Blue Note Records has put to creative use its worldwide connections for introducing outstanding jazz talent from other parts of the world besides the United States, providing artists with much greater exposure than otherwise would have been possible. Bruce Lundvall, president of Blue Note Records, did that for Gonzalo Rubalcaba when the pianist lived in Cuba, as Lundvall found a way to handle the licensing of Rubalcaba’s music through the Japanese corporate affiliate, Toshiba EMI, in spite of the ban that the United States on commerce with Cuba. And now, Blue Note has brought to the attention of jazz listeners a prodigy from Japan, 17-year-old Takashi Matsunaga, who signed with Toshiba EMI at the age of 15. As a division of EMI, Blue Note is marketing and distributing Takashi’s first worldwide release, Storm Zone.
The unspoken temptation among critics is to patronize young talent, generously remarking about the artist’s "potential." However, Takashi arrives with his own thoughts about human experience, expressed through his music, and his technique, influenced by Chick Corea’s and Michel Petrucciani’s, is his own as well. So, the fairest way to evaluate, and to enjoy, Takashi’s talent is to listen to Storm Zone
without reading the liner notes or looking at the photographs, instead appreciating his work solely on its artistic merit.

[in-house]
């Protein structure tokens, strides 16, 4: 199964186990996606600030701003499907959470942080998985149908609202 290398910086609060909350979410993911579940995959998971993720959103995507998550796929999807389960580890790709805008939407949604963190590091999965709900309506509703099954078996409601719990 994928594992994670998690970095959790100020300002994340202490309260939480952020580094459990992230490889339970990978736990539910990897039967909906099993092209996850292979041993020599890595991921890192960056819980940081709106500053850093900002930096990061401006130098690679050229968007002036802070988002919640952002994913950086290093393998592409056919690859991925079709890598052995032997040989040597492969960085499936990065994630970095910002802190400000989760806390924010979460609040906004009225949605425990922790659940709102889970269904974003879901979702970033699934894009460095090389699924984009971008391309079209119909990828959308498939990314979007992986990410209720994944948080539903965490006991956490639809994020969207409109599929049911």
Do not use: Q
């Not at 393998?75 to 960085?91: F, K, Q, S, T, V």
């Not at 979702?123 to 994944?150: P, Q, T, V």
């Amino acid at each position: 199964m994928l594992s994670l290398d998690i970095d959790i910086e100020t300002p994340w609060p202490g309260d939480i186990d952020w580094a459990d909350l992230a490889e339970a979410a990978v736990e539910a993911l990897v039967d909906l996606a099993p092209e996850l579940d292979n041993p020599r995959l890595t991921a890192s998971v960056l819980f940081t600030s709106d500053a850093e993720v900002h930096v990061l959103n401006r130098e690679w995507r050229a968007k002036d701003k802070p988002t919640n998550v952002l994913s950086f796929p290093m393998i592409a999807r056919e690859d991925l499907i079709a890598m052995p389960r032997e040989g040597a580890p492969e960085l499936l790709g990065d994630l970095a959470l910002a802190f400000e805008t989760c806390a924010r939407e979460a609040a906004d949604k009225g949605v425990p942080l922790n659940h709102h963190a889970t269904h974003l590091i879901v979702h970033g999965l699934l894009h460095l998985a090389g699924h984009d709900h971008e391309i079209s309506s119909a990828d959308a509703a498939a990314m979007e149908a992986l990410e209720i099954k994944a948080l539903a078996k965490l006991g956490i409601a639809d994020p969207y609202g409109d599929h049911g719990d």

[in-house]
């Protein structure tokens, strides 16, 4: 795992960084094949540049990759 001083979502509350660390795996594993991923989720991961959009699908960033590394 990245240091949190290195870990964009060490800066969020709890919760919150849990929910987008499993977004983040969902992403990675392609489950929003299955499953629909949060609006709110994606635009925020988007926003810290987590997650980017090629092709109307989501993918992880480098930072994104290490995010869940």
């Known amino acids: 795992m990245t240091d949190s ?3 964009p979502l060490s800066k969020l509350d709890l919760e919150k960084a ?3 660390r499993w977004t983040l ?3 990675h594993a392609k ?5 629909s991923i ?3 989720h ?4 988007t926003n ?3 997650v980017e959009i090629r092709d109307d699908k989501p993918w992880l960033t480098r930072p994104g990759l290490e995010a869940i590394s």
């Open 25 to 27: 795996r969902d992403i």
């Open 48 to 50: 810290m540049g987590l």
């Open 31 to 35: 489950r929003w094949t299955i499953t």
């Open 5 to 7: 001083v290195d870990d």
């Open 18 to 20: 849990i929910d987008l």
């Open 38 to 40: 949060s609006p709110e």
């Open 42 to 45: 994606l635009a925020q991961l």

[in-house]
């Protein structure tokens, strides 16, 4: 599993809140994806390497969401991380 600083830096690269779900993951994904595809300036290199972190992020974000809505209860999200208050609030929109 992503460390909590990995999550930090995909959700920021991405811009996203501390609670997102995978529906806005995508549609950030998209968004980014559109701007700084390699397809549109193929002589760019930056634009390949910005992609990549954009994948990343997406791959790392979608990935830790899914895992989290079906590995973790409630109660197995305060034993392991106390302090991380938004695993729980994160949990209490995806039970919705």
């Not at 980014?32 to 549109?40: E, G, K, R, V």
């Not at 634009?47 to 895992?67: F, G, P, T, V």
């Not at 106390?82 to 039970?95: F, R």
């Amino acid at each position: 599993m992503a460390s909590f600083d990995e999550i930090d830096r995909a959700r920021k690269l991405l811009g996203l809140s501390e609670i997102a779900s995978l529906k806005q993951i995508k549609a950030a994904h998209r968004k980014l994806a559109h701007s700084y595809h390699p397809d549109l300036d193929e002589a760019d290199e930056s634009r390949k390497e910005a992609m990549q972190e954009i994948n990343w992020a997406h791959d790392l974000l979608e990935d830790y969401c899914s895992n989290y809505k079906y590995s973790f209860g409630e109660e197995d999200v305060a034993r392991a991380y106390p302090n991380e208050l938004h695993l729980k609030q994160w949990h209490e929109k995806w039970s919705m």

And that kind of merit is abundant on Storm Zone.
After the rather dramatic introduction of "Southern Cross," Takashi settles into a flamenco-like 6/8 theme that, it seems, was written the day before the recording session. Takashi’s affinity for unconventional meters continues on the next track, "Moko-Moko," which features drummer Junji Hirose executing the technique described in the title of the composition--a soft thumping by the mallet. But just as interesting is Takashi’s development of the meter which shortens the eleventh measure by two beats, leaving the remaining two beats of exclamation followed by four bars of vamp. The offsetting of the listener’s expectations, and the tightness of the trio in playing the rhythm that Takashi devised, create a recurring surprise throughout the song that otherwise is underplayed for suspenseful effect.
As Takashi’s trio proceeds through all of the tracks, the cumulative impression is one of an empathetic trio led by a determined pianist whose aesthetics lead him to write music anchored by his concerns for humanity, such as the dolorous "The World In Sorrow" inspired by the chaos in Iraq, and his impressions from nature, such as his re-creation of the sense of quiet and ceaselessness felt in the presence of "The Do-Ton-Bori River."
As if refusing to remain in the same style throughout the CD, the trio concludes with a fierce blues, leaving no doubt that Takashi can swing as the hard as professional musicians, say, three times his age. While the pianist based the blues on his observations of whales’ spouting of water and low-toned cries, Takashi added a sense of alarm to the blues when indeed an alarm went off during a power failure at rehearsal.
With an acute sense of observation and diligent attention to technique, Takashi, given continued distribution and broad awareness, can be expected to merge his social concerns and naturalistic awareness with the music he creates as it reaches great emotional depths and technical excellence.